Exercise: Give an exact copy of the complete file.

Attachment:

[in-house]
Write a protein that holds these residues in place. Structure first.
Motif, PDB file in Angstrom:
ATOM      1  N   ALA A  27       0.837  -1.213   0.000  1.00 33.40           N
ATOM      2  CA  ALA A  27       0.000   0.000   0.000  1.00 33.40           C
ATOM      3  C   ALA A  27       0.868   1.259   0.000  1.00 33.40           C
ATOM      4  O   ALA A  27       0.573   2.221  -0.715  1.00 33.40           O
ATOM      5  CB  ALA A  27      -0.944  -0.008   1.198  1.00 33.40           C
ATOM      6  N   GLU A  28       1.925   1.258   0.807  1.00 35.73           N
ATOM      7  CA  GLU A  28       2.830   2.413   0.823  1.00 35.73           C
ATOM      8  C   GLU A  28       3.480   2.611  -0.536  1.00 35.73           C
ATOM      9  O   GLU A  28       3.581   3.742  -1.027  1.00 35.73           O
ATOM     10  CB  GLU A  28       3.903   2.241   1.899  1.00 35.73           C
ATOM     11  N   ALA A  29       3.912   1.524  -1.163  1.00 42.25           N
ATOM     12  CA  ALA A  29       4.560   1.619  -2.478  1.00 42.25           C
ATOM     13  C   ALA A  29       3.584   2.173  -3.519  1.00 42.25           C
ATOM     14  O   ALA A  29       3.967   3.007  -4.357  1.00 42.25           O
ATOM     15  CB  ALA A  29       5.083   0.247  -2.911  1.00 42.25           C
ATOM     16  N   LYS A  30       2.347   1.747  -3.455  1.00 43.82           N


[in-house]
Write a protein that holds these residues in place. Structure first.
Motif, PDB file in Angstrom:
ATOM      1  N   ALA A  27       0.837  -1.213   0.000  1.00 33.40           N
ATOM      2  CA  ALA A  27       0.000   0.000   0.000  1.00 33.40           C
ATOM      3  C   ALA A  27       0.868   1.259   0.000  1.00 33.40           C
ATOM      4  O   ALA A  27       0.573   2.221  -0.715  1.00 33.40           O
ATOM      5  CB  ALA A  27      -0.944  -0.008   1.198  1.00 33.40           C
ATOM      6  N   GLU A  28       1.925   1.258   0.807  1.00 35.73           N
ATOM      7  CA  GLU A  28       2.830   2.413   0.823  1.00 35.73           C
ATOM      8  C   GLU A  28       3.480   2.611  -0.536  1.00 35.73           C
ATOM      9  O   GLU A  28       3.581   3.742  -1.027  1.00 35.73           O
ATOM     10  CB  GLU A  28       3.903   2.241   1.899  1.00 35.73           C
ATOM     11  N   ALA A  29       3.912   1.524  -1.163  1.00 42.25           N
ATOM     12  CA  ALA A  29       4.560   1.619  -2.478  1.00 42.25           C
ATOM     13  C   ALA A  29       3.584   2.173  -3.519  1.00 42.25           C
ATOM     14  O   ALA A  29       3.967   3.007  -4.357  1.00 42.25           O
ATOM     15  CB  ALA A  29       5.083   0.247  -2.911  1.00 42.25           C
ATOM     16  N   LYS A  30       2.347   1.747  -3.455  1.00 43.82           N